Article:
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Why Do We Cover the Challah Bread on the Shabbat Table?

Why Do We Cover the Challah Bread on the Shabbat Table?


There are a number of reasons for this tradition.

1. When our ancestors traveled in the desert for forty years, they subsisted on the manna that miraculously fell from heaven every day. The challah we eat on Shabbat is actually in place of that manna. Since the manna was encased between layers of dew that preserved its freshness,1 we envelop the challahs between the tablecloth (or cutting board) and the challah cover, reliving the manna miracle at our Shabbat meal.2

(Actually, on Shabbat the manna did not fall. Rather, a double portion fell on Friday—one portion for that day, and another for the day of rest that followed.3 That is why we place two challahs on the Shabbat table, to commemorate this double portion that fell on Friday in honor of the Shabbat.4)

2. In Talmudic times, before tables and chairs, banquet participants were served their meal on three-legged trays, which were brought to them by the waiters. On Shabbat, these table-trays would be brought out only after kiddush, in order to demonstrate that the meal is being served in honor of the Shabbat, which had just been sanctified during the recitation of kiddush.5 Today, we don’t carry small tables in and out. Instead, we set the table with the challah, but cover it until the time when it would have been carried in. This delivers the message that the meal only begins after, and because of, kiddush.6

3. Not only do different types of food require different blessings, but there is actually a hierarchy that regulates the order in which we recite blessings and eat various foods.

Generally, the seven foods with which the land of Israel is praised—wheat, barley, grapes, figs, pomegranates, olives and dates7—take priority over other foods. In the event that one is eating two or more of these foods, they are eaten in the order that they are mentioned in the Torah.8 Since grain is mentioned before grapes, it would follow that the bread should be eaten before the wine.

We therefore cover the bread (“wheat”) in order that it not be “shamed” by the fact that we drink the kiddush wine (“grapes”) before we partake of the challah.9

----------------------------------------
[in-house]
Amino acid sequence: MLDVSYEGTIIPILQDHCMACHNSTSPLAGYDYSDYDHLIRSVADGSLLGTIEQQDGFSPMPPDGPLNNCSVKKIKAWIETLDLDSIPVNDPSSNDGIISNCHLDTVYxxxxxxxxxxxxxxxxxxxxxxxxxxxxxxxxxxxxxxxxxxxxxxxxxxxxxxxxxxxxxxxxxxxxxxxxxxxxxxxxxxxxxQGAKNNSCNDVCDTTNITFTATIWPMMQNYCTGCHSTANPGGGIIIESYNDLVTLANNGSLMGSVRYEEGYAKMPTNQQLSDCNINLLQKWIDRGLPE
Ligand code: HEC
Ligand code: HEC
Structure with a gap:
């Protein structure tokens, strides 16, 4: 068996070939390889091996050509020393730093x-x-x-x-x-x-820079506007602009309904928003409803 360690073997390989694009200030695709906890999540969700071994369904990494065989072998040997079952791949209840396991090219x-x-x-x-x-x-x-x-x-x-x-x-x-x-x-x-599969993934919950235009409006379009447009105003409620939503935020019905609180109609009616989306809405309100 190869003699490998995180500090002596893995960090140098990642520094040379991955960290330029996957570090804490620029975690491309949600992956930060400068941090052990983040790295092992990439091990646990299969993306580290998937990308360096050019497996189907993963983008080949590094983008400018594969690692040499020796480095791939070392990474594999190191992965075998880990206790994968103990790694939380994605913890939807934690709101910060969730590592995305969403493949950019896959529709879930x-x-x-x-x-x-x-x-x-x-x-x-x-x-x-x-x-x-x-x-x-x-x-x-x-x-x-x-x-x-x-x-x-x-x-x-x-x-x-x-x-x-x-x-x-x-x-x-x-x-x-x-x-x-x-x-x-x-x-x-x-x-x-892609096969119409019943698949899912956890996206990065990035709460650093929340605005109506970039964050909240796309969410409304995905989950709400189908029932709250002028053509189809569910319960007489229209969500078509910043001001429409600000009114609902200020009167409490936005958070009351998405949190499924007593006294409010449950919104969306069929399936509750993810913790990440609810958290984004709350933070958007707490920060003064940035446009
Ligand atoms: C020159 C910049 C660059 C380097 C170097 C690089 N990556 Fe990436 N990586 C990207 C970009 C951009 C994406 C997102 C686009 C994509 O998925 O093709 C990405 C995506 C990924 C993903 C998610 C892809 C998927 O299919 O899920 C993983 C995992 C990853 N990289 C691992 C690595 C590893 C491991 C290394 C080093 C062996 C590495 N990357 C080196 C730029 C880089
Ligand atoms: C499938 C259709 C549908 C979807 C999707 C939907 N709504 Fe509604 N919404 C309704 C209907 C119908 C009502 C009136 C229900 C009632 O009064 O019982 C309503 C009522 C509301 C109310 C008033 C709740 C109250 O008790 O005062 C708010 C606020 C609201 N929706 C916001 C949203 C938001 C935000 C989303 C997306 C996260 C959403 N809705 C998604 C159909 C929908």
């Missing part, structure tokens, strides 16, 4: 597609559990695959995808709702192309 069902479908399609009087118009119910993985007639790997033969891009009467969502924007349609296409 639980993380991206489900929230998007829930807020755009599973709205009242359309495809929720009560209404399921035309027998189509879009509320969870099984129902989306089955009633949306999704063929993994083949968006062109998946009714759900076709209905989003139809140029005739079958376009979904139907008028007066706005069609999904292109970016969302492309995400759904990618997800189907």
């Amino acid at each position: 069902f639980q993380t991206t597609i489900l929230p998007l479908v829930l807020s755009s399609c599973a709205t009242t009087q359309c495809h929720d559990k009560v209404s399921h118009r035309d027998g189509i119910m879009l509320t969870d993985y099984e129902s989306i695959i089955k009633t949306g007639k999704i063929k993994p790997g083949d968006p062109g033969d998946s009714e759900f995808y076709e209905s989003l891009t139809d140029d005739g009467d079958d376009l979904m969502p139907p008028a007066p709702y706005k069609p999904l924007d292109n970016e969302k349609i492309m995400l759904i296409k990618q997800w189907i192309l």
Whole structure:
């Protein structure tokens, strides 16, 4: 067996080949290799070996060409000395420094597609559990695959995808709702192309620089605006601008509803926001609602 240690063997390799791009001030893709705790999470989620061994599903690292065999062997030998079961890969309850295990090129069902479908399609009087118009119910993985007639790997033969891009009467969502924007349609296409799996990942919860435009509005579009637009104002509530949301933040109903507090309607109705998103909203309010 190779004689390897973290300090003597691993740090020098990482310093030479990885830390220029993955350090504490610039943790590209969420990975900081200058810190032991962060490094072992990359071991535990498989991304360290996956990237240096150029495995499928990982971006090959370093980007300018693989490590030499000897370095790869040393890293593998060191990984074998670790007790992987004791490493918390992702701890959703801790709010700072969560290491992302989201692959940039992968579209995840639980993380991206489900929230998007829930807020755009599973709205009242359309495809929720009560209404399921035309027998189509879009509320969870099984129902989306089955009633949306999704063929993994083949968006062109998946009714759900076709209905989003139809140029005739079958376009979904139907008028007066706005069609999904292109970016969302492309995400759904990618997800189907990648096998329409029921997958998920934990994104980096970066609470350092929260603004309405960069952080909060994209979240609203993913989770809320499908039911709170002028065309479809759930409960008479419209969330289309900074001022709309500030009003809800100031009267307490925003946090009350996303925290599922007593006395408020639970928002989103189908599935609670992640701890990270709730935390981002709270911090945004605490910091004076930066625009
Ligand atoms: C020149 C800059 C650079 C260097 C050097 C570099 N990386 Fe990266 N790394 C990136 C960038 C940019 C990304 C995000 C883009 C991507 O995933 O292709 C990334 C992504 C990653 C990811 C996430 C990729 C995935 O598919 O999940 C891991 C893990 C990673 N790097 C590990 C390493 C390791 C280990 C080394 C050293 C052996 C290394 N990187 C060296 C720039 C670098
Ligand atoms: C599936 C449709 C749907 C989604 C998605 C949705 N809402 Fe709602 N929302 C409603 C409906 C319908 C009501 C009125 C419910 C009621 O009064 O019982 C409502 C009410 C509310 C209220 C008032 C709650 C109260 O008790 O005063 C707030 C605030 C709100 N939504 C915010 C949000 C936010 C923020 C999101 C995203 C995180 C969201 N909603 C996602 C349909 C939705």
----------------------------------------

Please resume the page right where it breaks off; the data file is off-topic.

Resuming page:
Please let me know if this helps.

Rabbi Menachem Posner


Rashi to Exodus 16:14.


Tosafot to Pesachim 100b.


Exodus 16:5 passim.


Talmud, Shabbat 117b.


Talmud, Pesachim 100b.


Tosafot, ad loc.


Seder Birchot Hanehenin 10:13.


Tur, Orach Chaim 271, quoting the Jerusalem Talmud.

Rabbi Menachem Posner serves as staff editor for
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Discussion (15)
May 26, 2015
Very,very helpful.Thank you very much.
Clara Chamvu Kasonde
Lusaka, Zambia, Africa
October 15, 2012
To Nathaniel
There are those who require two loaves (following the opinion of Rambam). However, it is quite common just to use one loaf--or even not eat bread during this meal.
Rabbi Menachem Posner
October 13, 2012
Are 2 challot necessary for seudat shlishit?

Thank you, Shavua tov
September 12, 2012
Truth is light
Thank you for adding to God's glory to our table by shedding more intricate light on the bread of life. SHALOM!
September 2, 2012
Seudat Shelishit
Since the first reason - that we do so because of the mannah - applies to all three meals, there are indeed those who cover the bread for the third meal as well. This custom is not universal, however.
Rabbi Menachem Posner
August 31, 2012
Covering the Challot at Seoudah Shlishit?
Is it customary to cover the Challot at Seoudah shlishit?
February 1, 2012
the seven foods
Is there any easy way to remember the seven foods with which the land of Israel is praised? Like an acronym of some kind?
Lisa Aubert
February 1, 2012
Why Cover The Challah?
No wonder we continue to grow! Each question opens our heart to new answers and new questions to more fully appreciate the beauties of Torah. Each day more joys. Thanks for your insightful and illuminating piece, Rabbi; it left my heart smiling.
Kingman, Arizona
January 16, 2010
covering the halla
To keep the flies off!
David Chester
Petach Tikva, Israel
January 15, 2010
To Aaron Baruch:
You are very welcome; I am happy that you enjoyed the article!

Shabbat shalom,
Menachem Posner for